Avascular Necrosis

Topics: Immune system, AIDS, Major histocompatibility complex Pages: 4 (1259 words) Published: August 9, 2010
Possible HIV Knockout?
Group B: Ana Rita Domingues, Nicholas Gauthier, Ilka Hoof, Eleonora Kulberkyte, and Nicolas Rapin Immunological Bioinformatics, June 2006

Introduction
Acquired immunodeficiency syndrome (AIDS) is one of the worst diseases affecting mankind today. Since it was discovered in 1981, AIDS has become a major pandemic, and has killed approximately 16.3 million people. AIDS is caused by HIV (human immunodeficiency virus) and is spread by sexual contact, infected blood, and can be passed from mother to infant. It is estimated that more than 34 million people are infected worldwide, most of which are in Sub-Saharan Africa and South/Southeast Asia Figure 1: Diagram of HIV with proteins [3]. [1,2]. HIV is a retrovirus, which means it carries its genetic information in the form of RNA and replicates via a DNA intermediate. HIV infects the components of the human immune system such as CD4+ T-cells, dendritic cells and macrophages. Much scientific research has been done to find a treatment/vaccine for HIV. The most common therapies used today are antiretroviral drugs that either interfere with reverse transcription or inhibit the viral protease [2]. Finding a vaccine is a difficult task as HIV mutates frequently and the infection can remain latent for long periods before causing AIDS. This poster aims to present an in silico approach to developing a vaccine for HIV. We have chosen several epitopes from HIV-1 that are predicted to trigger Bcell and T-cell responses. The proteins we focused on were gp120, a surface protein that is involved in the binding of virus to the host cell, and gag, a structural protein from the virus core. The polyprotein gag is cleaved into several sub-proteins of which p24 and p17 are the largest in size.

The C-terminal cleavage probability is predicted to be high (see Fig. 3 below) for all MHC class I epitopes, with only one of them containing a strong internal cleavage site.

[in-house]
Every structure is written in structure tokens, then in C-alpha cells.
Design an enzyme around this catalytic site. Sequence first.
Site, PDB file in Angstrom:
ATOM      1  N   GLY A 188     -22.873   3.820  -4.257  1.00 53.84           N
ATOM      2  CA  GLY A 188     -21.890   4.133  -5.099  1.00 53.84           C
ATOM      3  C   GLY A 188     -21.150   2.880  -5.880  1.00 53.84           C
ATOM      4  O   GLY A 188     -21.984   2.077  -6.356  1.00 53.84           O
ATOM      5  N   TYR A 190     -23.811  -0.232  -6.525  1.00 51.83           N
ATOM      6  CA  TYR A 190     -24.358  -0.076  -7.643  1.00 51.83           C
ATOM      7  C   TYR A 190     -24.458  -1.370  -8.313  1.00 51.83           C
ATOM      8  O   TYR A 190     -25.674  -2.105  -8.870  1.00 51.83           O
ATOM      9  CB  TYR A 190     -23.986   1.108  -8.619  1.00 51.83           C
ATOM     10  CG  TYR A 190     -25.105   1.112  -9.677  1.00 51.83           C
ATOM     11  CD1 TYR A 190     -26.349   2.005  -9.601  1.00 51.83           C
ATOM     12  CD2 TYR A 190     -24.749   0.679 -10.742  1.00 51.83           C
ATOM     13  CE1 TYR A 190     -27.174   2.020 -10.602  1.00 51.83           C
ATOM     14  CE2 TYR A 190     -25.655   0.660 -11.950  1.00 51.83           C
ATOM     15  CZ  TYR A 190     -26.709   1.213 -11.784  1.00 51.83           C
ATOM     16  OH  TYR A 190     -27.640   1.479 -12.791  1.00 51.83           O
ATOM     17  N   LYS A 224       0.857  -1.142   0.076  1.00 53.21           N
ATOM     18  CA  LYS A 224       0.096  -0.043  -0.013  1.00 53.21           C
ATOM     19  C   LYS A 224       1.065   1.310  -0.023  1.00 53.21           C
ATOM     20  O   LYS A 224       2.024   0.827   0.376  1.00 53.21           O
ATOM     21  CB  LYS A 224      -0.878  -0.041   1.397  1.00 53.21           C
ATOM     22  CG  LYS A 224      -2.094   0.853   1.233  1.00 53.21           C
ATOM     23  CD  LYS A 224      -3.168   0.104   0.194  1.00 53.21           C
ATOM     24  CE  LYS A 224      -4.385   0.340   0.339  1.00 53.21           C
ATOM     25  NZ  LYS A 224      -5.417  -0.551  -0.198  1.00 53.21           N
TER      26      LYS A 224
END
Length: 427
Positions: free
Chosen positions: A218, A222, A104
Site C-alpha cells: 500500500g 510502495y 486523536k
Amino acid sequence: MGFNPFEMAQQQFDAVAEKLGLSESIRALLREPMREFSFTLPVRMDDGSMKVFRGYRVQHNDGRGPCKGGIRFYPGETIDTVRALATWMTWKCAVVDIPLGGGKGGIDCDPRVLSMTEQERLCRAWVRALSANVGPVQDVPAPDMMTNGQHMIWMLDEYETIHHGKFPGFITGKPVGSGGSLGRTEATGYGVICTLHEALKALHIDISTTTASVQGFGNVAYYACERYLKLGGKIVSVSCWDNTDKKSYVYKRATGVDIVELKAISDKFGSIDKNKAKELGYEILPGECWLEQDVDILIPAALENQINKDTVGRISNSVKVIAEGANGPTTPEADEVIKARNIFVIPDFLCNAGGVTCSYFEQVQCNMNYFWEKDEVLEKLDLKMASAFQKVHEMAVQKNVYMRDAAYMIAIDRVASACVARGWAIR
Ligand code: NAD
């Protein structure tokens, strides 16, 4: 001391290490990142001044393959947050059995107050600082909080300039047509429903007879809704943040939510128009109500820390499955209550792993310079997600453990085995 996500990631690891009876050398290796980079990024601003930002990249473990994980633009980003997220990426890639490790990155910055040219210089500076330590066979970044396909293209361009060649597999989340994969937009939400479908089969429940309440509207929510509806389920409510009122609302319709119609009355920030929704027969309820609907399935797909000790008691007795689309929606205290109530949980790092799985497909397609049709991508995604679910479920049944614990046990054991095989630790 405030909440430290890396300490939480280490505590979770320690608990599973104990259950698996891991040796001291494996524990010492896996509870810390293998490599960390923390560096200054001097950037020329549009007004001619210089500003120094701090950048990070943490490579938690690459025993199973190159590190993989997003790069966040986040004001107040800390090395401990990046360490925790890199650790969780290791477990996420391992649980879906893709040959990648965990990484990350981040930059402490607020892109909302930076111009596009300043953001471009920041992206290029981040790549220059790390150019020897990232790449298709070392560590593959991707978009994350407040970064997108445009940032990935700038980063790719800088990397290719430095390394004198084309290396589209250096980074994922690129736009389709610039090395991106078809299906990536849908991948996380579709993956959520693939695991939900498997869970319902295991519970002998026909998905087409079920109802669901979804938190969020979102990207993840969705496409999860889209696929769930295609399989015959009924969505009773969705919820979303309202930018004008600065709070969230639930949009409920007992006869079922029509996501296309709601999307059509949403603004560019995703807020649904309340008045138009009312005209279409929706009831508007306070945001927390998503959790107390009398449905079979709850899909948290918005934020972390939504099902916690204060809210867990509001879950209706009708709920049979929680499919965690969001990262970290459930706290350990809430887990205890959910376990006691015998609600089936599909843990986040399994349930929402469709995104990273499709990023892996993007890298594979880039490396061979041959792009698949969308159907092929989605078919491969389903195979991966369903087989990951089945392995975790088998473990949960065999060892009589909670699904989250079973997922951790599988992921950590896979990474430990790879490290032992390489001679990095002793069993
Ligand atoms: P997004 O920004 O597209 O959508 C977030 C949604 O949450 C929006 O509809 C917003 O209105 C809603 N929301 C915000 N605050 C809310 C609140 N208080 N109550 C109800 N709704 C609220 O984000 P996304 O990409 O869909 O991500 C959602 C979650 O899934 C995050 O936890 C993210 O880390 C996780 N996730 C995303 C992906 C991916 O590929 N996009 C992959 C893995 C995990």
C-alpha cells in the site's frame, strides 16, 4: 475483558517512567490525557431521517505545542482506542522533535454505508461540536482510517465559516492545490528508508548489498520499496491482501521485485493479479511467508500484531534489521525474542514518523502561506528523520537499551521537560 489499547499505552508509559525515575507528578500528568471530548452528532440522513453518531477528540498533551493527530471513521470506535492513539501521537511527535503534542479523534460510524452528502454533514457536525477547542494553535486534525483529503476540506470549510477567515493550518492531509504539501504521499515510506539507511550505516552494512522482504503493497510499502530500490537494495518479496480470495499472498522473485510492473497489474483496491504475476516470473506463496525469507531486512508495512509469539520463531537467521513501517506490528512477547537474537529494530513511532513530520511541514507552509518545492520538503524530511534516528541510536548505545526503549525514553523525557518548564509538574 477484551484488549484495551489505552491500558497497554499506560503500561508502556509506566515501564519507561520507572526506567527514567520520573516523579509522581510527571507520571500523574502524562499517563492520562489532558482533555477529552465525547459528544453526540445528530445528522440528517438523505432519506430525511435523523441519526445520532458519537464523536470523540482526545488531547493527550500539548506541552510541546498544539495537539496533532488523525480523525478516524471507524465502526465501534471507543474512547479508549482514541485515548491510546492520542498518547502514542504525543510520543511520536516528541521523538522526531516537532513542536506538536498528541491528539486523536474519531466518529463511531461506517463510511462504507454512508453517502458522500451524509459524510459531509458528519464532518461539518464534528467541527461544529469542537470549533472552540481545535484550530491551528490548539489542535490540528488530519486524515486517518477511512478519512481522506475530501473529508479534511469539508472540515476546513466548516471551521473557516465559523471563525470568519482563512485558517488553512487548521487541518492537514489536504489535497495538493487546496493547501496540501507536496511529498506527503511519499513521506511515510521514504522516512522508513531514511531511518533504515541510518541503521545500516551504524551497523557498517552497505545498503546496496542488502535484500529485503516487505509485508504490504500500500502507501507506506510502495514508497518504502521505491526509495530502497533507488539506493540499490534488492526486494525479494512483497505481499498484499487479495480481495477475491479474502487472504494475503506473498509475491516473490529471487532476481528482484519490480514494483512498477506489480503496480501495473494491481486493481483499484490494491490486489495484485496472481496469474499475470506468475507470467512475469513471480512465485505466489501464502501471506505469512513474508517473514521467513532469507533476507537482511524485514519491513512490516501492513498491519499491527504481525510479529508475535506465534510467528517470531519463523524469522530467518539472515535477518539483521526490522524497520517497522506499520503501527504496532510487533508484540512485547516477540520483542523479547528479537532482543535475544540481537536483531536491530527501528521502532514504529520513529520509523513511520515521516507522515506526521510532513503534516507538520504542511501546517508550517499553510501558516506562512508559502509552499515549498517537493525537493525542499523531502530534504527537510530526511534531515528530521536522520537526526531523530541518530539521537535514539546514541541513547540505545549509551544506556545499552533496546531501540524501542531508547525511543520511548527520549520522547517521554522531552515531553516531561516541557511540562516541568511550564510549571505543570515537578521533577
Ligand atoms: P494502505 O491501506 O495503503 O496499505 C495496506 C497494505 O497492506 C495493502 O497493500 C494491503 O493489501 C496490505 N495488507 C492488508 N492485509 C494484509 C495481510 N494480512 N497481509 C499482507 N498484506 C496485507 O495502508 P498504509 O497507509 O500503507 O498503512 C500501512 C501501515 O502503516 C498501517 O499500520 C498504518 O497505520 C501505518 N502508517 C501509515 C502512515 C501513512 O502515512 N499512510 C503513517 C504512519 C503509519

Figure 3: Epitope Atlas of the polytope...

References: [1] - Immunobiology. Janeway, C. et al, Garland Publishing, 2001; [2] - Immunology. Goldsby, R. et al, W.H.Freeman and Company, 2003; [3] - http://en.wikipedia.org/wiki/HIV [4] - An integrative approach to CTL epitope prediction. A combined algorithm integrating MHC-I binding, TAP transport efficiency, and proteasomal cleavage predictions. Larsen M.V., Lundegaard C., Kasper Lamberth, Buus S,. Brunak S., Lund O., and Nielsen M. European Journal of Immunology. 35(8): 2295-303. 2005 [5] - Nine major HLA class I supertypes account for the vast preponderance of HLA-A and -B polymorphism. Sette, A., and J. Sidney. 1999. Immunogenetics 50:201-212. [6] - http://hiv-web.lanl.gov [7] - Improved prediction of MHC class I and class II epitopes using a novel Gibbs sampling approach. Nielsen M, Lundegaard C, Worning P, Hvid CS, Lamberth K, Buus S, Brunak S, Lund O. Bioinformatics. 2004 20:1388-97 [8] - Prediction of discontinuous antibody binding epitopes in proteins. Pernille H. Andersen, Morten Nielsen and Ole Lund 2006, submitted [9] - CPHmodels 2.0: X3M a Computer Program to Extract 3D Models. O. Lund, M. Nielsen, C. Lundegaard, P. Worning.. Abstract at the CASP5 conferenceA102, 2002.
Figure 2: 3D-structure of HIV-1 p24 and p17 structural proteins. The four predicted MHC class I epitopes are highlighted by overall conservation. Note that the two epitopes in p17 overlap.
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